Over the past decades we have had to manage and cope with increasing population growth and demand for resources. This demand has meant there has been significant volumes of natural resources being extracted from the Earth, consequently applying staggering amounts of pressure on our global environment and exacerbating global warming.
Human activities that have impacted the environment considerably include deforestation, agriculture and industrialisation, where the use of fossil fuels has resulted in the dangerous levels of greenhouse gases in our atmosphere that we see today. The consequences of human activities and steep rise in greenhouse gas emissions has led us to the current global climate crisis.
The climate crisis is now an issue that affects everybody, where climate change has been responsible for flooding, droughts and extreme weather events impacting millions of lives. Certain countries have been affected by climate change more than others, and the same applies for regions within countries such as coastal areas undergoing flooding due to rising sea levels.
In recent years, the emphasis on renewable energy has increased dramatically as environmental awareness has shifted and the scale of the climate crisis has been recognised globally. The transition to renewable clean energy has been a direct response to our over-reliance on fossil fuels and the plethora of environmental impacts that have resulted from this dependency. The uptake of renewable energy has increased and it is becoming more accessible, however there are still large steps to take before we can truly become reliant on renewable energy.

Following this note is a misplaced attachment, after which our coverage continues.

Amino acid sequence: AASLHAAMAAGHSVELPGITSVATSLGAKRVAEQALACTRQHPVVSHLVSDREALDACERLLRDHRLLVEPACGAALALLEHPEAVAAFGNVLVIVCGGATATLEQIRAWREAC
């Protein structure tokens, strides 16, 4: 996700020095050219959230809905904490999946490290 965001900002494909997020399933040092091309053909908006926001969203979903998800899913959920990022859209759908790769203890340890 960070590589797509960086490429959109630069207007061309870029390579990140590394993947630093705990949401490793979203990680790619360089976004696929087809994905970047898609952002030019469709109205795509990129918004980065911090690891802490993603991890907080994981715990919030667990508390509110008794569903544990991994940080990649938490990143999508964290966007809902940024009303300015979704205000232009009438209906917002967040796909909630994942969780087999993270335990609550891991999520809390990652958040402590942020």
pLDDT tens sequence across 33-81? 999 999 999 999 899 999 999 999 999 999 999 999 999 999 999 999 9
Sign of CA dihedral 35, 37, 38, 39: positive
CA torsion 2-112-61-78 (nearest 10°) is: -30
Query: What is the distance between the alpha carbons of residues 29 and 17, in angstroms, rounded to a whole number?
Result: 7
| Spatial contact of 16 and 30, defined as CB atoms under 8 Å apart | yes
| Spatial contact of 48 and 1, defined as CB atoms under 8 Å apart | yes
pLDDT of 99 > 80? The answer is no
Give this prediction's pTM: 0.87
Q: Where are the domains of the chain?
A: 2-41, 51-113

There are many forms of research taking place in order to develop the most efficient and dependable renewable energy sources in regards to its production and generation. Developments in solar energy, wind power, hydropower, geothermal, biofuel and hydrogen are taking place, with new solutions being tested with the hope of them becoming viable for mass use.
As well as technologies to sustainably generate renewable energy, there is also a focus on the storage of this energy. Energy storage technologies are becoming more efficient and less intimidating from a financial standpoint, both for large-scale sites and residential storage. As we move our attention towards a renewable future, it’s worth asking ourselves, how can energy storage technologies help to ease the transition and enhance the capabilities of renewable energy? However, we first need to consider the current state of our fuel usage and the global impact it’s having.